Acronis Power Utilities 2003 review:

Acronis Power Utilities 2003

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CNET Editors' Rating

The Good Individual apps are easy to configure.

The Bad Separate apps are not centrally integrated; no phone support; no integrated help.

The Bottom Line Acronis Power Utilities 2003 offers few products the average user will need; Norton SystemWorks is still the best all-around utilities suite.

Visit manufacturer site for details.

5.0 Overall

The philosophy behind issuing Swiss Army Knife-style collections of PC utilities is that the whole is always greater than the sum of its parts. However, we question whether the bundling of products within Acronis Power Utilities 2003 satisfies that definition. Only one of the five utilities, PrivacyExpert, offers any value to the folks at home, while the rest provide specific tools that no one other than a computer-repair technician would need or want. If your intention is to sample Acronis's line of utilities, this $60 collection costs much less than buying each product separately. But for a truly integrated and useful PC utility suite, we suggest you try Norton SystemWorks 2003.The philosophy behind issuing Swiss Army Knife-style collections of PC utilities is that the whole is always greater than the sum of its parts. However, we question whether the bundling of products within Acronis Power Utilities 2003 satisfies that definition. Only one of the five utilities, PrivacyExpert, offers any value to the folks at home, while the rest provide specific tools that no one other than a computer-repair technician would need or want. If your intention is to sample Acronis's line of utilities, this $60 collection costs much less than buying each product separately. But for a truly integrated and useful PC utility suite, we suggest you try Norton SystemWorks 2003.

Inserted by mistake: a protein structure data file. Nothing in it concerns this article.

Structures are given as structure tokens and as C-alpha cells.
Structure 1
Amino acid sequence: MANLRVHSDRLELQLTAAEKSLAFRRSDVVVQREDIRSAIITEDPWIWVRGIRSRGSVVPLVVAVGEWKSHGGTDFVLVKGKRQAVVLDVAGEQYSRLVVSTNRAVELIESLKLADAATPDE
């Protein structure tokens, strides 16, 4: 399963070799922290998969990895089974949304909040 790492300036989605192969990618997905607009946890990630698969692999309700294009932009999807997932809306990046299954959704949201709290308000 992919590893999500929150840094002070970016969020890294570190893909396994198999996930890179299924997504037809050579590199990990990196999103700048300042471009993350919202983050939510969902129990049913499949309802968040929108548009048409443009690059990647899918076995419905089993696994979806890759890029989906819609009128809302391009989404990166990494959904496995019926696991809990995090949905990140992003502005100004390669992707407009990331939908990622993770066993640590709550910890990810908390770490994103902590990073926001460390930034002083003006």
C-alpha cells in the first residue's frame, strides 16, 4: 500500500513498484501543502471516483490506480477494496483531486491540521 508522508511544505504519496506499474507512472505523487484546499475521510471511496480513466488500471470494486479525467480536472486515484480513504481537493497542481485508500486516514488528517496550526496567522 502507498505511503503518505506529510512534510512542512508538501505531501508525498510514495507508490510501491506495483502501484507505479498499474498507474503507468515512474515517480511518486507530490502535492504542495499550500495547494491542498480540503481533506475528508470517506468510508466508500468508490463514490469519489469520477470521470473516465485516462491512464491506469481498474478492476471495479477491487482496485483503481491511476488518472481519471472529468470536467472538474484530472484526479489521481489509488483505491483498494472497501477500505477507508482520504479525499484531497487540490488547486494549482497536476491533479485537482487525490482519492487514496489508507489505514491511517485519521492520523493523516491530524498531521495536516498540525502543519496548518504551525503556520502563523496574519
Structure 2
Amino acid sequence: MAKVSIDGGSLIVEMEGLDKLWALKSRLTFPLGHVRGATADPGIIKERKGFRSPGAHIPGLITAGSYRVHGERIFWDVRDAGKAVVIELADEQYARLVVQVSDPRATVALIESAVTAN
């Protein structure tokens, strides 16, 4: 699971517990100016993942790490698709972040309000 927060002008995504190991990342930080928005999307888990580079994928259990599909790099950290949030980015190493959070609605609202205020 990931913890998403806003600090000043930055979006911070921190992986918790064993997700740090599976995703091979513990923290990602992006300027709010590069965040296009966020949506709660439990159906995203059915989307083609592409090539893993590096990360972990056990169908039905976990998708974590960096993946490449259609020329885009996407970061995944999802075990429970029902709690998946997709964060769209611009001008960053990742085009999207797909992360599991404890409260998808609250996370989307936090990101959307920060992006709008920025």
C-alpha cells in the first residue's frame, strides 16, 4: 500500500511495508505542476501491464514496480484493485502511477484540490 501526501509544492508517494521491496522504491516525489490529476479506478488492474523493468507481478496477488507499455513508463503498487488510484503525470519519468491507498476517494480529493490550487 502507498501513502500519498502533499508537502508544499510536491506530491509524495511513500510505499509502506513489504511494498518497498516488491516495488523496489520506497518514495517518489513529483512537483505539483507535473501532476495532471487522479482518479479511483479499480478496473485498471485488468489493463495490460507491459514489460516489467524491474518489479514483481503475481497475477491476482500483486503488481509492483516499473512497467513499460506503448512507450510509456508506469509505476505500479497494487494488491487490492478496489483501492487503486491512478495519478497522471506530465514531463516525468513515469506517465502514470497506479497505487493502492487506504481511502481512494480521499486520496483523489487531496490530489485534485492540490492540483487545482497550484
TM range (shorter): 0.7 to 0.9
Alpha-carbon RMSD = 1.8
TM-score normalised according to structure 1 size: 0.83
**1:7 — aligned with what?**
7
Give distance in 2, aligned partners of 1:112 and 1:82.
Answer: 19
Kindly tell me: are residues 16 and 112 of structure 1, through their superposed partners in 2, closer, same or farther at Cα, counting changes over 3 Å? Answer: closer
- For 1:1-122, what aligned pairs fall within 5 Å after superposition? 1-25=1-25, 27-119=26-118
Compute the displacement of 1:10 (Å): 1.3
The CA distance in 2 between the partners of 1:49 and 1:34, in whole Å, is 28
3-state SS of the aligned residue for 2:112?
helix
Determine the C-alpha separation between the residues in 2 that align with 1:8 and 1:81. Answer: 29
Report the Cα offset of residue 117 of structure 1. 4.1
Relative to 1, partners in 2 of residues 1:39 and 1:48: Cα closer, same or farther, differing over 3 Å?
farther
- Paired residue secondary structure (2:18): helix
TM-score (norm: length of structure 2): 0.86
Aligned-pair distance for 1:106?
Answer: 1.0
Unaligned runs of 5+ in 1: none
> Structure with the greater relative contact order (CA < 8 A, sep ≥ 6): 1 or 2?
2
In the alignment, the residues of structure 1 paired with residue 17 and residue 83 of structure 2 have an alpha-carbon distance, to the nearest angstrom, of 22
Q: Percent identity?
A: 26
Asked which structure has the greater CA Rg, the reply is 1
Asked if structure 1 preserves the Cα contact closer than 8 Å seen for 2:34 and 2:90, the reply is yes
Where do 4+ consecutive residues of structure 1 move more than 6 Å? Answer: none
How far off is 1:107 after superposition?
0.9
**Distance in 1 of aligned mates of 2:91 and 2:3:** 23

Installation and interface
It's a bit misleading to call these five utilities (RecoveryExpert, PrivacyExpert, DriveCleanser, DiskEditor, and MigrateEasy) a "powerful suite of products," as Acronis does. For starters, they hardly qualify as an integrated collection; each app has to be installed individually, and you must contend with one of five different registration codes (16 alphanumeric characters) during each installation. One code, entered once, should be enough for any true suite of products. Additionally, there isn't a unified menu from which to launch different utilities, as found in Norton SystemWorks 2003. With Acronis, you launch each from the desktop or individually from the start menu--a nuisance.

However, once past this point, all five Power Utilities are easy to operate. Most involve straightforward, one-step procedures, as do RecoveryExpert and DriveCleanser. PrivacyExpert provides more user-configurable options, and they're each well explained within the program.

Feature set
Unlike Norton SystemWorks' integrated suite of Windows repair tools, Acronis provides an odd assortment of random utilities. RecoveryExpert, for example, has only one purpose: the recovery of hard drive partitions that are deleted or lost. While anybody can operate most of these utilities, the DiskEditor app requires a considerable level of programming expertise and seems out of place here. Most users will never have a reason to use this app--in fact, the average user should avoid editing his or her hard drive and partition data.